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C.S. Lewis’s book The Screwtape Letters was first published in 1942, during the Second World War. One of the topics he addresses is living in times of anxiety and uncertainty. (In this book, Lewis is writing from the devil’s perspective — showing us his temptation playbook.) In one letter, senior devil Screwtape writes to his nephew Wormwood:
I am delighted to hear that your patient's age and profession make it possible, but by no means certain, that he will be called up for military service. We want him to be in the maximum uncertainty, so that his mind will be filled with contradictory pictures of the future, every one of which arouses hope or fear.There is nothing like suspense and anxiety for barricading a human's mind against the Enemy. He wants men to be concerned with what they do; our business is to keep them thinking about what will happen to them.
Your patient will, of course, have picked up the notion that he must submit with patience to the Enemy's will. What the Enemy means by this is primarily that he should accept with patience the tribulation which has actually been dealt out to him — the present anxiety and suspense. It is about this that he is to say ‘Thy will be done’, and for the daily task of bearing this that the daily bread will be provided. It is your business to see that the patient never thinks of the present fear as his appointed cross but only of the things he is afraid of. Let him regard them as his crosses: let him forget that, since they are incompatible, they cannot all happen to him, and let him try to practise fortitude and patience to them all in advance. For real resignation, at the same moment, to a dozen different and hypothetical fates, is almost impossible, and the Enemy does not greatly assist those who are trying to attain it: resignation to present and actual suffering, even where that suffering consists of fear, is far easier and is usually helped by this direct action.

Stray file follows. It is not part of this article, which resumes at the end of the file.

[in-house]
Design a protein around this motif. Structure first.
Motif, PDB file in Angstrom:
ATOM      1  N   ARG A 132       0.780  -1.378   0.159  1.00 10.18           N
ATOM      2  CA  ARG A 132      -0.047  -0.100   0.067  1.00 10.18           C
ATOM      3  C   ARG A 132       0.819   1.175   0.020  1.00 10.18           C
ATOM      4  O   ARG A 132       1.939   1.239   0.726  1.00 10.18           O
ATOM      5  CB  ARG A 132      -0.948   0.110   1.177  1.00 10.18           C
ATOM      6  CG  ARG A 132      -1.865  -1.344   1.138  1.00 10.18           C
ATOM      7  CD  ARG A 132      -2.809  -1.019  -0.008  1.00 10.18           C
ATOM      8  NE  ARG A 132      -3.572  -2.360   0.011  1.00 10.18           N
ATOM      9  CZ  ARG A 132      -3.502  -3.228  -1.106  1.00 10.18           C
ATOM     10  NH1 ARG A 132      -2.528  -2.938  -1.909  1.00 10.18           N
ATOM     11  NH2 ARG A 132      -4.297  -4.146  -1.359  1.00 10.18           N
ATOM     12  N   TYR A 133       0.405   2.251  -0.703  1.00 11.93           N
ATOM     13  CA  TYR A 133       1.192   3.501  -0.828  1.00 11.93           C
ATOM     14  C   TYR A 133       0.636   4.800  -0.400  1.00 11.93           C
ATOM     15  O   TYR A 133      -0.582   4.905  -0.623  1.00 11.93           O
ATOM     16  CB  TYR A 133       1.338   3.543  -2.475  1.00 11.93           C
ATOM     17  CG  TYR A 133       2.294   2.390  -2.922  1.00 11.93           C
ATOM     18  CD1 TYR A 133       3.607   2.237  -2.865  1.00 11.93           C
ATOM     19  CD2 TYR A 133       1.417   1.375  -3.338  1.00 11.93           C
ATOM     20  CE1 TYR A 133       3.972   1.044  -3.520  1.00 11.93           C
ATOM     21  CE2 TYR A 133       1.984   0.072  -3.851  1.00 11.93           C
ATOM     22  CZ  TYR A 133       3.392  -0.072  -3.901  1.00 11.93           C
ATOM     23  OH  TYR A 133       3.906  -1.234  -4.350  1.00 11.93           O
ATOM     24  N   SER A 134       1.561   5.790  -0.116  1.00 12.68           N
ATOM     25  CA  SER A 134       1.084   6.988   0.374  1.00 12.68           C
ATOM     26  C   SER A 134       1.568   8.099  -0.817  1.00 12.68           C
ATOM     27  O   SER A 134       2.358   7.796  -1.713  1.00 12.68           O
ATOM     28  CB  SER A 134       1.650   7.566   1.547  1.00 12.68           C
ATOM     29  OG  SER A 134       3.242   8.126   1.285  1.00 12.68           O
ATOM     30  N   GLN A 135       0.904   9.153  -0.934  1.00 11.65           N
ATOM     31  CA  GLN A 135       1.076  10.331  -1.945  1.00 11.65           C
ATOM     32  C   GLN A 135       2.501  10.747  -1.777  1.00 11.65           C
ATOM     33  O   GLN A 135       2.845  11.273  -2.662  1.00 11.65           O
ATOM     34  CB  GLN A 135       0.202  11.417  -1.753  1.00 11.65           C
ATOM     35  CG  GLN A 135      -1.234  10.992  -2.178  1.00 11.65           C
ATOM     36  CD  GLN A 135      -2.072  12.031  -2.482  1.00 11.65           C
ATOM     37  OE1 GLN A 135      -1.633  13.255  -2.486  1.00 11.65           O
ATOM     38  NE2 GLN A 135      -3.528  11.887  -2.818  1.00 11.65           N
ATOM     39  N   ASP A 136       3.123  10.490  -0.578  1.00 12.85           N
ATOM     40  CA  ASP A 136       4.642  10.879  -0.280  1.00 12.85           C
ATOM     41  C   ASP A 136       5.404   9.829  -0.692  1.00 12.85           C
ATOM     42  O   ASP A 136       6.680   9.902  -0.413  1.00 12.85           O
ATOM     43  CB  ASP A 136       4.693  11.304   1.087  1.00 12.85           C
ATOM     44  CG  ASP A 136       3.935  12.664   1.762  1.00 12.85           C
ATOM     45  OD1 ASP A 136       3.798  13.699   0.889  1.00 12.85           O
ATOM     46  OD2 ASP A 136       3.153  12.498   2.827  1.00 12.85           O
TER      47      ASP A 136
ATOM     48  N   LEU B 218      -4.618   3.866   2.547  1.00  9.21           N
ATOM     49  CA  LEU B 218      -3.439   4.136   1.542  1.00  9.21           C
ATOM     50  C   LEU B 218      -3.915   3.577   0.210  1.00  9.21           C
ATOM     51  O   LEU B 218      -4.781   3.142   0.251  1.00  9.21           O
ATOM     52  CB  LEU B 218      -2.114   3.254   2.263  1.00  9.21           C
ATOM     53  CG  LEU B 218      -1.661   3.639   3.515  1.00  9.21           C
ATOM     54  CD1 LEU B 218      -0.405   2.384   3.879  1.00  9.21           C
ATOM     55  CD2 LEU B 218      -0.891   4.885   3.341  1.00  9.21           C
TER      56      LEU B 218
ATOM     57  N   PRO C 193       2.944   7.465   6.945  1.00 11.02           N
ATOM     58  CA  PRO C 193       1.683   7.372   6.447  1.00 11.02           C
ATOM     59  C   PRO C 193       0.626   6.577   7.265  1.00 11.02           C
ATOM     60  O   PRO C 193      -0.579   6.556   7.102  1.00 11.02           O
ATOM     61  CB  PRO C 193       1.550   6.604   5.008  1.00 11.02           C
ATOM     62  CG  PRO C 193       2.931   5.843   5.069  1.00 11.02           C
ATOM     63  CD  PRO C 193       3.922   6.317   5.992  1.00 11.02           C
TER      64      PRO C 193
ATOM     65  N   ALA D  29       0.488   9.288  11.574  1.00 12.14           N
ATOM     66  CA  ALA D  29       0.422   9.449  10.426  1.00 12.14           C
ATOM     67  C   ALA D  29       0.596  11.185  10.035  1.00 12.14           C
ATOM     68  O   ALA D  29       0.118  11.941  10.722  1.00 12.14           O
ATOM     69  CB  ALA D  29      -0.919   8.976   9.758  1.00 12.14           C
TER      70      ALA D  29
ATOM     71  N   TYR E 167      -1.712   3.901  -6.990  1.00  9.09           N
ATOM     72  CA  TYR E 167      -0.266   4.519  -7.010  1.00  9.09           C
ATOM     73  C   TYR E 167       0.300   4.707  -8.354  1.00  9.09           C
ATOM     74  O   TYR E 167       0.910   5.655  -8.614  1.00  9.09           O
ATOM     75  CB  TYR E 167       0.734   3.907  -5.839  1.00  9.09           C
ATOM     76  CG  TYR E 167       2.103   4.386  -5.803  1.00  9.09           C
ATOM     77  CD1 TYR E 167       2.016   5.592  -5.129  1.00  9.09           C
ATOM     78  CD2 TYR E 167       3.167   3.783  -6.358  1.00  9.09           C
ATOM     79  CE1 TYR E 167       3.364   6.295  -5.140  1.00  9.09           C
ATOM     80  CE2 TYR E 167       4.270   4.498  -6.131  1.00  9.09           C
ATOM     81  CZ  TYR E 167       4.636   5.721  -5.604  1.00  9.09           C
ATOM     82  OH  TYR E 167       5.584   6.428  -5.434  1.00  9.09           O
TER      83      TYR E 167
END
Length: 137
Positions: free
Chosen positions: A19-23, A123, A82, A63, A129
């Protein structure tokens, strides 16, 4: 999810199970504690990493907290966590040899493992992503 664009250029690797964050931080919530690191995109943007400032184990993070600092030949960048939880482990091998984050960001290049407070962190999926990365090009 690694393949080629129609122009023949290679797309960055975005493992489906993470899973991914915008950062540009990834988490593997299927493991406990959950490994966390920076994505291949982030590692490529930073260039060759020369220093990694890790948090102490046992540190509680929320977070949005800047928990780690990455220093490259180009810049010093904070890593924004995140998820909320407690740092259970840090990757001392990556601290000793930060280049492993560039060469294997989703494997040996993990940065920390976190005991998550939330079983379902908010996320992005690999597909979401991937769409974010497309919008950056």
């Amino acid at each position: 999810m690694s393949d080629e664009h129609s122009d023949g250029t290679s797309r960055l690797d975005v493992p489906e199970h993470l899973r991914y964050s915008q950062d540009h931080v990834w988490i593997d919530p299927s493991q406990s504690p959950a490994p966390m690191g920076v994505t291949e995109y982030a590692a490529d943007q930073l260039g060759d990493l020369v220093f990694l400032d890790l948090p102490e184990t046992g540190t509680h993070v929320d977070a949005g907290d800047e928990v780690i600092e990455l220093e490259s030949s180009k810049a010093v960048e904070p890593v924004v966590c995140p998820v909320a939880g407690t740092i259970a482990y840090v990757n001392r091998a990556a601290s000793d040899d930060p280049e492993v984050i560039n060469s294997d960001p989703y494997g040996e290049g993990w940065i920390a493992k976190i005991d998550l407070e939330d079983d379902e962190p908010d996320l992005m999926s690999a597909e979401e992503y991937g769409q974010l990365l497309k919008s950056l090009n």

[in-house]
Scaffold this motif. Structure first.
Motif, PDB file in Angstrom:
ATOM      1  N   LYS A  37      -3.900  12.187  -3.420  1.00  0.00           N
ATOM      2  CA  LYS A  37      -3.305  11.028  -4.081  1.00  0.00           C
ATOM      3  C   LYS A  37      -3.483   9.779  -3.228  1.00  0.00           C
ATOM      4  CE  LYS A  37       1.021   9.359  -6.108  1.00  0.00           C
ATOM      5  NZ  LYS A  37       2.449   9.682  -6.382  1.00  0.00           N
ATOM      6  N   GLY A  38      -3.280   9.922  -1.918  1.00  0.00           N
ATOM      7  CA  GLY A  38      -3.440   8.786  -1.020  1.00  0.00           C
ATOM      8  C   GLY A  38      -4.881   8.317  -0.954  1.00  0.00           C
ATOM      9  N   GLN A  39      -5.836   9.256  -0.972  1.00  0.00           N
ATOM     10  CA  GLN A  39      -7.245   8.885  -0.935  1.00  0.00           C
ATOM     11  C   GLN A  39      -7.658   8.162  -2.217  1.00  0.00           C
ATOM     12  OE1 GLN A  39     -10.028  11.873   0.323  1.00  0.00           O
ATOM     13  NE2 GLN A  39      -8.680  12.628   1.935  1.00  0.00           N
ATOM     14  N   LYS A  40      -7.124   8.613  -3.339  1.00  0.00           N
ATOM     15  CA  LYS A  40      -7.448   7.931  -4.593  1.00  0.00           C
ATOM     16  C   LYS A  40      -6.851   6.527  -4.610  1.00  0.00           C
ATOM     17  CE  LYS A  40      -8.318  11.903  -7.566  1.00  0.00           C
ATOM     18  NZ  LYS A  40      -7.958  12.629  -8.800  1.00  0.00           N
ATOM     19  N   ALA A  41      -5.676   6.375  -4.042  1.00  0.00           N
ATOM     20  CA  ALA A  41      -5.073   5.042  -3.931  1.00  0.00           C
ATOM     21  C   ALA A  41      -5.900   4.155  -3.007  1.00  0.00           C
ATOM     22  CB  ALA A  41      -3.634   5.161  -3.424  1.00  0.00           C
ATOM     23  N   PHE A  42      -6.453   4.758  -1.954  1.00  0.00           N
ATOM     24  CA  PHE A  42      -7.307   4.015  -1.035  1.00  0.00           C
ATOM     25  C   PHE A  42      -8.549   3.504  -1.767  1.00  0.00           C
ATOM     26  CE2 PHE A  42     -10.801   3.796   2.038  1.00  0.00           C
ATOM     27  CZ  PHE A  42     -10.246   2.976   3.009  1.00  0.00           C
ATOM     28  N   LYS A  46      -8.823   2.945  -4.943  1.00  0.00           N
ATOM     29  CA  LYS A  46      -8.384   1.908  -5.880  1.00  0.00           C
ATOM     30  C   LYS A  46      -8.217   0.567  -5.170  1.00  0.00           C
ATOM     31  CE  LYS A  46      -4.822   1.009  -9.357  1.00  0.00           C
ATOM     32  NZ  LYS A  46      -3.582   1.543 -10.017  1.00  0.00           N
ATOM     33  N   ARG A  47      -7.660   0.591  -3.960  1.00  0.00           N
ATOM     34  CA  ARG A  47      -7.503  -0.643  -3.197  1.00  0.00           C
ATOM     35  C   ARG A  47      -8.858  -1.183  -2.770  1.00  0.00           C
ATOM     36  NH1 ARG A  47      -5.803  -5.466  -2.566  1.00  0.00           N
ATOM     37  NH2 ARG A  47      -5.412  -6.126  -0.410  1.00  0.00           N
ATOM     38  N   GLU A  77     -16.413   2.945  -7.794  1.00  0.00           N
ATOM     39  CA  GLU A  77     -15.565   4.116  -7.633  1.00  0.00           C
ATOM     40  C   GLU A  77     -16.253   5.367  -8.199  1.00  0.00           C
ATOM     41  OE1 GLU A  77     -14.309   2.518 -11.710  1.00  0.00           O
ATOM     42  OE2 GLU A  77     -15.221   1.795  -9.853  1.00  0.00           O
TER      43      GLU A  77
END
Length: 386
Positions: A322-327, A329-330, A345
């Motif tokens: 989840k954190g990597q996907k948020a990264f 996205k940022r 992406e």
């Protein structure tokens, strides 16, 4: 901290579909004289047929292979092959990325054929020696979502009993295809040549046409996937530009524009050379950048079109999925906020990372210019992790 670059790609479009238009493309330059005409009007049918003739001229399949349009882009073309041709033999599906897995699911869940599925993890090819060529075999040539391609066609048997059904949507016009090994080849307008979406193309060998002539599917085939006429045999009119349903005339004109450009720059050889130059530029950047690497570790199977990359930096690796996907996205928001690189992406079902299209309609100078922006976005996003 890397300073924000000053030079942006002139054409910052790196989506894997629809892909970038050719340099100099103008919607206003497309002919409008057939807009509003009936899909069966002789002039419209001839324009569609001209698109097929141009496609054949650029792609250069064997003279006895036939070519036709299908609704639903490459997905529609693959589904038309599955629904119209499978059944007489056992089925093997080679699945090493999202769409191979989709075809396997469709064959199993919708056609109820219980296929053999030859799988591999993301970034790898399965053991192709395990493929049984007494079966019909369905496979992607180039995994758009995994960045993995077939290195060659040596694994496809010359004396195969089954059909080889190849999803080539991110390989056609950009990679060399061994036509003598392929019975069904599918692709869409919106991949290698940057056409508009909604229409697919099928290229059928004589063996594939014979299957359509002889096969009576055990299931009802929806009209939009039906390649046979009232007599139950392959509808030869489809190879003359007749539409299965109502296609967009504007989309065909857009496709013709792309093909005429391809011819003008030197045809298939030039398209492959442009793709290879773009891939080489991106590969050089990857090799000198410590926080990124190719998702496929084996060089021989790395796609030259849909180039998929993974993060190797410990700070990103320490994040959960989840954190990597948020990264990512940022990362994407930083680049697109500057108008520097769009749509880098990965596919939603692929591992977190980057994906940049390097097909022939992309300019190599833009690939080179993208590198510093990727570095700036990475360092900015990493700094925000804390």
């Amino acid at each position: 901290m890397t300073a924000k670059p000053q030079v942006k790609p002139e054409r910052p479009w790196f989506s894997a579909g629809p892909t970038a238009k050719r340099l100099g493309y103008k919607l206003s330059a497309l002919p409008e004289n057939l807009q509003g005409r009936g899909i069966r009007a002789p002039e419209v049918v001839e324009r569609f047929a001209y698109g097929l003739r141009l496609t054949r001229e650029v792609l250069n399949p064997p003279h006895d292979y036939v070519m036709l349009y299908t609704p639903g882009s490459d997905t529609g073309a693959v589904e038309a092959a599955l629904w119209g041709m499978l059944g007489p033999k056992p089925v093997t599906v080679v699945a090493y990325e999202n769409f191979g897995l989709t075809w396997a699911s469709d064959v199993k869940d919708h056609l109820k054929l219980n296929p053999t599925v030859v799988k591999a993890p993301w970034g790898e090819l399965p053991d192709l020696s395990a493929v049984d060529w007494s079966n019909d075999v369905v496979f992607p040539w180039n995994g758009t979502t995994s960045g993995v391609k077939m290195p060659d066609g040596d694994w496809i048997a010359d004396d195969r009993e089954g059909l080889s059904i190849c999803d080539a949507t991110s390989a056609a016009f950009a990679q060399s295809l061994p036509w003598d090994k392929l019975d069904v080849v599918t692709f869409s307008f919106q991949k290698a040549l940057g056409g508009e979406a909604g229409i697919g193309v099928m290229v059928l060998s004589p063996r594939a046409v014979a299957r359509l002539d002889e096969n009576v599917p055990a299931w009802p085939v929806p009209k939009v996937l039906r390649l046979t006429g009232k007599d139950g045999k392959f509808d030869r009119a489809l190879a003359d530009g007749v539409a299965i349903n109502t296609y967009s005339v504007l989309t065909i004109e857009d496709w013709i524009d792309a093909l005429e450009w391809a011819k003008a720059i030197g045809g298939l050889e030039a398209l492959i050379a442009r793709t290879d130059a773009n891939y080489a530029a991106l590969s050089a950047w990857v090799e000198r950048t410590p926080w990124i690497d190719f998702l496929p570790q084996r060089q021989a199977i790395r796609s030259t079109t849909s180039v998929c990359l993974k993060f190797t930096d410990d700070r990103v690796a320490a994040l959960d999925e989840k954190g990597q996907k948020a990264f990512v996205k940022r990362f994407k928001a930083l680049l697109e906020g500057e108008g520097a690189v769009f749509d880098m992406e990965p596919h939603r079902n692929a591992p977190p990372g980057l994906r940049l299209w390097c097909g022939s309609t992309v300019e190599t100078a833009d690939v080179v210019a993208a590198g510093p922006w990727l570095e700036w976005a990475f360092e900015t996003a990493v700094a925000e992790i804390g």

An important spiritual law is here involved. I have explained that you can weaken his prayers by diverting his attention from the Enemy Himself to his own states of mind about the Enemy. On the other hand fear becomes easier to master when the patient's mind is diverted from the thing feared to the fear itself, considered as a present and undesirable state of his own mind; and when he regards the fear as his appointed cross he will inevitably think of it as a state of mind. One can therefore formulate the general rule; in all activities of mind which favour our cause, encourage the patient to be unself-conscious and to concentrate on the object, but in all activities favourable to the Enemy bend his mind back on itself. Let an insult or a woman’s body so fix his attention outward that he does not reflect ‘I am now entering into the state called Anger — or the state called Lust.’ Contrariwise let the reflection ‘My feelings are now growing more devout, or more charitable’ so fix his attention inward that he no longer looks beyond himself to see our Enemy or his own neighbours.1
When we experience times of anxiety and uncertainty, whether individually or in a broader context, let us remember to keep our attention focused on our Savior Jesus Christ and trust in His promises.
“Do not be anxious about anything, but in every situation, by prayer and petition, with thanksgiving, present your requests to God. And the peace of God, which transcends all understanding, will guard your hearts and your minds in Christ Jesus.”
PHILIPPIANS 4:6-7 (NIV)
1 C.S. Lewis, The Screwtape Letters, HarperSanFrancisco, 2001, pp. 25-27.